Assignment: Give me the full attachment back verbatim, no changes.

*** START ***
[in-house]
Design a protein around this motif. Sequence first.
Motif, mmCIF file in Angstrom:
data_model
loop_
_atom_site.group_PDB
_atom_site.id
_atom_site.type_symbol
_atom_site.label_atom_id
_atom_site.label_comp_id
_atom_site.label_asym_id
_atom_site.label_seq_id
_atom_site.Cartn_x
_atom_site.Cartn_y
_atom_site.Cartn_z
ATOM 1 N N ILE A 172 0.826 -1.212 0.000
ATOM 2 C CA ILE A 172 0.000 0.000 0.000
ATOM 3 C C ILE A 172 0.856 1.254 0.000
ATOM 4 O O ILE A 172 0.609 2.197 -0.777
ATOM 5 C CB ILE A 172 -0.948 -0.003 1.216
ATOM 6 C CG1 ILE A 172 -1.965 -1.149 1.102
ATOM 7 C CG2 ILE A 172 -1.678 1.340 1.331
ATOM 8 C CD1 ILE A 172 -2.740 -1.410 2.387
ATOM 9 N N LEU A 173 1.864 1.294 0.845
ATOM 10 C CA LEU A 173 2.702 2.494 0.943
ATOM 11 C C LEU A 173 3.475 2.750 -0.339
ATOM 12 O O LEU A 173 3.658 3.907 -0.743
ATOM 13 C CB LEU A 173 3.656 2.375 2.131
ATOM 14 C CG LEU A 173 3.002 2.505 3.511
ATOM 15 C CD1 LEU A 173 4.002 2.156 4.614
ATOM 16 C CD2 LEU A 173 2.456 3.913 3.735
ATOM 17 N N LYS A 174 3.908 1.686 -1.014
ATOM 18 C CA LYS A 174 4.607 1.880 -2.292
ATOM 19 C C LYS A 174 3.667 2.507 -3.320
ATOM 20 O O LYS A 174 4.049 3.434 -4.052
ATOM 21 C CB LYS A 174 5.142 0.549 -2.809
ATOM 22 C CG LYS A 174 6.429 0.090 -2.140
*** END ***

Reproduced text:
[in-house]
Design a protein around this motif. Sequence first.
Motif, mmCIF file in Angstrom:
data_model
loop_
_atom_site.group_PDB
_atom_site.id
_atom_site.type_symbol
_atom_site.label_atom_id
_atom_site.label_comp_id
_atom_site.label_asym_id
_atom_site.label_seq_id
_atom_site.Cartn_x
_atom_site.Cartn_y
_atom_site.Cartn_z
ATOM 1 N N ILE A 172 0.826 -1.212 0.000
ATOM 2 C CA ILE A 172 0.000 0.000 0.000
ATOM 3 C C ILE A 172 0.856 1.254 0.000
ATOM 4 O O ILE A 172 0.609 2.197 -0.777
ATOM 5 C CB ILE A 172 -0.948 -0.003 1.216
ATOM 6 C CG1 ILE A 172 -1.965 -1.149 1.102
ATOM 7 C CG2 ILE A 172 -1.678 1.340 1.331
ATOM 8 C CD1 ILE A 172 -2.740 -1.410 2.387
ATOM 9 N N LEU A 173 1.864 1.294 0.845
ATOM 10 C CA LEU A 173 2.702 2.494 0.943
ATOM 11 C C LEU A 173 3.475 2.750 -0.339
ATOM 12 O O LEU A 173 3.658 3.907 -0.743
ATOM 13 C CB LEU A 173 3.656 2.375 2.131
ATOM 14 C CG LEU A 173 3.002 2.505 3.511
ATOM 15 C CD1 LEU A 173 4.002 2.156 4.614
ATOM 16 C CD2 LEU A 173 2.456 3.913 3.735
ATOM 17 N N LYS A 174 3.908 1.686 -1.014
ATOM 18 C CA LYS A 174 4.607 1.880 -2.292
ATOM 19 C C LYS A 174 3.667 2.507 -3.320
ATOM 20 O O LYS A 174 4.049 3.434 -4.052
ATOM 21 C CB LYS A 174 5.142 0.549 -2.809
ATOM 22 C CG LYS A 174 6.429 0.090 -2.140